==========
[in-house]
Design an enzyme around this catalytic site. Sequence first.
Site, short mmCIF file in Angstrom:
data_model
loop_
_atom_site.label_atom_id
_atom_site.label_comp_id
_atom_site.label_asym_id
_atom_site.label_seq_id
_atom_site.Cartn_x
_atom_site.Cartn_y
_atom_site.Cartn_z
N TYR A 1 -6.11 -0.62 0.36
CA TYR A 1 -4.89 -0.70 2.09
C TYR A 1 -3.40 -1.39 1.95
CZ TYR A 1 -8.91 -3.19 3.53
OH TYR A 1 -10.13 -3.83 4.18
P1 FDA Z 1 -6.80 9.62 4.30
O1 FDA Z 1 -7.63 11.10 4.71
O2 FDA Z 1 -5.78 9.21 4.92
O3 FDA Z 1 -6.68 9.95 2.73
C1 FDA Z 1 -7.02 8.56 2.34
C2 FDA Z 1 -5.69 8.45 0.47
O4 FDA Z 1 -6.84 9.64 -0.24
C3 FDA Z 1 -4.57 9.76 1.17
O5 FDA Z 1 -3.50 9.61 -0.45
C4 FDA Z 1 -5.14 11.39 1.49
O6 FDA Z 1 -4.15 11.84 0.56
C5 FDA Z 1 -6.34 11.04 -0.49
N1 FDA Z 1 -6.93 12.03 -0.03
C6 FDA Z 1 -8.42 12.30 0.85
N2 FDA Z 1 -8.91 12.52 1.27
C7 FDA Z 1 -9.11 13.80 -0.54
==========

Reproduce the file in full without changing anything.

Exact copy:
[in-house]
Design an enzyme around this catalytic site. Sequence first.
Site, short mmCIF file in Angstrom:
data_model
loop_
_atom_site.label_atom_id
_atom_site.label_comp_id
_atom_site.label_asym_id
_atom_site.label_seq_id
_atom_site.Cartn_x
_atom_site.Cartn_y
_atom_site.Cartn_z
N TYR A 1 -6.11 -0.62 0.36
CA TYR A 1 -4.89 -0.70 2.09
C TYR A 1 -3.40 -1.39 1.95
CZ TYR A 1 -8.91 -3.19 3.53
OH TYR A 1 -10.13 -3.83 4.18
P1 FDA Z 1 -6.80 9.62 4.30
O1 FDA Z 1 -7.63 11.10 4.71
O2 FDA Z 1 -5.78 9.21 4.92
O3 FDA Z 1 -6.68 9.95 2.73
C1 FDA Z 1 -7.02 8.56 2.34
C2 FDA Z 1 -5.69 8.45 0.47
O4 FDA Z 1 -6.84 9.64 -0.24
C3 FDA Z 1 -4.57 9.76 1.17
O5 FDA Z 1 -3.50 9.61 -0.45
C4 FDA Z 1 -5.14 11.39 1.49
O6 FDA Z 1 -4.15 11.84 0.56
C5 FDA Z 1 -6.34 11.04 -0.49
N1 FDA Z 1 -6.93 12.03 -0.03
C6 FDA Z 1 -8.42 12.30 0.85
N2 FDA Z 1 -8.91 12.52 1.27
C7 FDA Z 1 -9.11 13.80 -0.54